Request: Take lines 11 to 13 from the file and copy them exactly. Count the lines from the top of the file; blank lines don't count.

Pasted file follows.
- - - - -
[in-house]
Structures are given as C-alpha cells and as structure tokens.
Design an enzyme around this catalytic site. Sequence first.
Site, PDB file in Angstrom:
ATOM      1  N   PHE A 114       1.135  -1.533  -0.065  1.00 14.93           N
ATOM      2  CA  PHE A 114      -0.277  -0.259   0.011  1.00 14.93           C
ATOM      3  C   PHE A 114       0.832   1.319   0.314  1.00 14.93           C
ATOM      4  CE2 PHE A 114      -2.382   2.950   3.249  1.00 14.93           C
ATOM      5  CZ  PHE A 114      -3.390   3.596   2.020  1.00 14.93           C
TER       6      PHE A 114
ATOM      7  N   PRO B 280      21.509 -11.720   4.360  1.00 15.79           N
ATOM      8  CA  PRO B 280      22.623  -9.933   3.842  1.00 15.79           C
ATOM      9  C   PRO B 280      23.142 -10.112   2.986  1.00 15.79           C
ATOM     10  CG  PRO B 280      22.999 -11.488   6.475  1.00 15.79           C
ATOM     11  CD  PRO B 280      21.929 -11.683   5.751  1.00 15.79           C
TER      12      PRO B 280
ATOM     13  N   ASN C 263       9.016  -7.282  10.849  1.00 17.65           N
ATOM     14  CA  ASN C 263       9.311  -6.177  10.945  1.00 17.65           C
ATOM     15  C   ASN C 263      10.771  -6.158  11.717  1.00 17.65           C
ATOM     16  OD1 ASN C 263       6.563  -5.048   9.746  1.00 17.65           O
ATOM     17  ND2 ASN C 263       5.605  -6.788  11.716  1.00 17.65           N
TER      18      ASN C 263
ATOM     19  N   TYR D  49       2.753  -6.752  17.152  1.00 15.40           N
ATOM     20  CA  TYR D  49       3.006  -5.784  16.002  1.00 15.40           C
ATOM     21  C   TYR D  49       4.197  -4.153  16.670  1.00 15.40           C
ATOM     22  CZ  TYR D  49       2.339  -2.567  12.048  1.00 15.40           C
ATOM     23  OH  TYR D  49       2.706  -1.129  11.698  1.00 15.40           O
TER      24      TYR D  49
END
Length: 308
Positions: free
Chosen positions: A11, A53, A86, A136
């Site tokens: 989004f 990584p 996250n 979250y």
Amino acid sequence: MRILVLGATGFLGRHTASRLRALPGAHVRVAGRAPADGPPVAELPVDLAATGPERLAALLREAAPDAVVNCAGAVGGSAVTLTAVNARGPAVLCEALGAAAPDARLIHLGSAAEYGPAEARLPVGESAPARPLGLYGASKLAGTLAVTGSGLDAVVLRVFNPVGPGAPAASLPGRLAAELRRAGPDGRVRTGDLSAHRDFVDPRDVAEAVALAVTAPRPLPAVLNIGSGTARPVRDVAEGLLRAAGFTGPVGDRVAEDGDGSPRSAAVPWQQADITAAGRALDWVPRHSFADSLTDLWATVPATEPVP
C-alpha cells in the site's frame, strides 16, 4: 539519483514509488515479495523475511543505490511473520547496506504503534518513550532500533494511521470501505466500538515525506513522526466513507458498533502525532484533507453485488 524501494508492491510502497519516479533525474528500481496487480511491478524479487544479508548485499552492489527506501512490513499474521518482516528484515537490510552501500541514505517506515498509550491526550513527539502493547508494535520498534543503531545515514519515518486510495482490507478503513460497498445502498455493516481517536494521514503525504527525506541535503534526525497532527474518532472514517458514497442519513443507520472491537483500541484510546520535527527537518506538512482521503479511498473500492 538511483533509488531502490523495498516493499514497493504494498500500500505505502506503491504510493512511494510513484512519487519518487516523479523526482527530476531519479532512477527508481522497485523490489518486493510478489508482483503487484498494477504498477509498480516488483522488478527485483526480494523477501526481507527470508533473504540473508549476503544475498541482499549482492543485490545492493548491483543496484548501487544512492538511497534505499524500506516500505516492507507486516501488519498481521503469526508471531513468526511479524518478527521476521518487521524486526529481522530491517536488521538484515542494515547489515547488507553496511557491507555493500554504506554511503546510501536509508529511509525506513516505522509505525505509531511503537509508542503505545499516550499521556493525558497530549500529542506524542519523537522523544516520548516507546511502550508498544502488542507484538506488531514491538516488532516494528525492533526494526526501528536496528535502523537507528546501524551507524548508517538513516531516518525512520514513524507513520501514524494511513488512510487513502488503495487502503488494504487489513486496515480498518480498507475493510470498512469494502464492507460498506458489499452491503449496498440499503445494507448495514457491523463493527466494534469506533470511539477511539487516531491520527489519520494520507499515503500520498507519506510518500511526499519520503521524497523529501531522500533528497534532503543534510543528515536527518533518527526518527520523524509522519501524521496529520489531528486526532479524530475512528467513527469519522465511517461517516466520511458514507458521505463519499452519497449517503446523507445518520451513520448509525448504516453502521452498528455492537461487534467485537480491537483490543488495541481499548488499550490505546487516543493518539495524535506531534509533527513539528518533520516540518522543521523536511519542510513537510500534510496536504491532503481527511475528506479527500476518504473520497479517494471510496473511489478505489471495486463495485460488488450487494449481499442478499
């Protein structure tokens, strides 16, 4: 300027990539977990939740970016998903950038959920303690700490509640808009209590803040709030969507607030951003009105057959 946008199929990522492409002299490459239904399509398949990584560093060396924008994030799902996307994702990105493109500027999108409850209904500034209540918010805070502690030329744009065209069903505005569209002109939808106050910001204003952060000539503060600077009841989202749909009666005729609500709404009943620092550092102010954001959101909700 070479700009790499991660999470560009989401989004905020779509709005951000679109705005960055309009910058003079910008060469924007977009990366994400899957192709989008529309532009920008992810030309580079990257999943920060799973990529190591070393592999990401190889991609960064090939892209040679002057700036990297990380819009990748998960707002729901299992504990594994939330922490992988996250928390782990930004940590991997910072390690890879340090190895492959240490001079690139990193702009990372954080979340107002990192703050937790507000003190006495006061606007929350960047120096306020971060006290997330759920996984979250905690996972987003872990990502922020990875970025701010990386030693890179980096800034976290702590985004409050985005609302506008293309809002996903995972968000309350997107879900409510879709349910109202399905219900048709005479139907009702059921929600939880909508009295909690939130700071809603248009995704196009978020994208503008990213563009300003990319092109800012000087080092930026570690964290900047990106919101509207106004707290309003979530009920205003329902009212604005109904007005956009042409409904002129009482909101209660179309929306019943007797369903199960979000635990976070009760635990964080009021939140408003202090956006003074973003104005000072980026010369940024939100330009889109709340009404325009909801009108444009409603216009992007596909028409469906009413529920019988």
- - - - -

ATOM      7  N   PRO B 280      21.509 -11.720   4.360  1.00 15.79           N
ATOM      8  CA  PRO B 280      22.623  -9.933   3.842  1.00 15.79           C
ATOM      9  C   PRO B 280      23.142 -10.112   2.986  1.00 15.79           C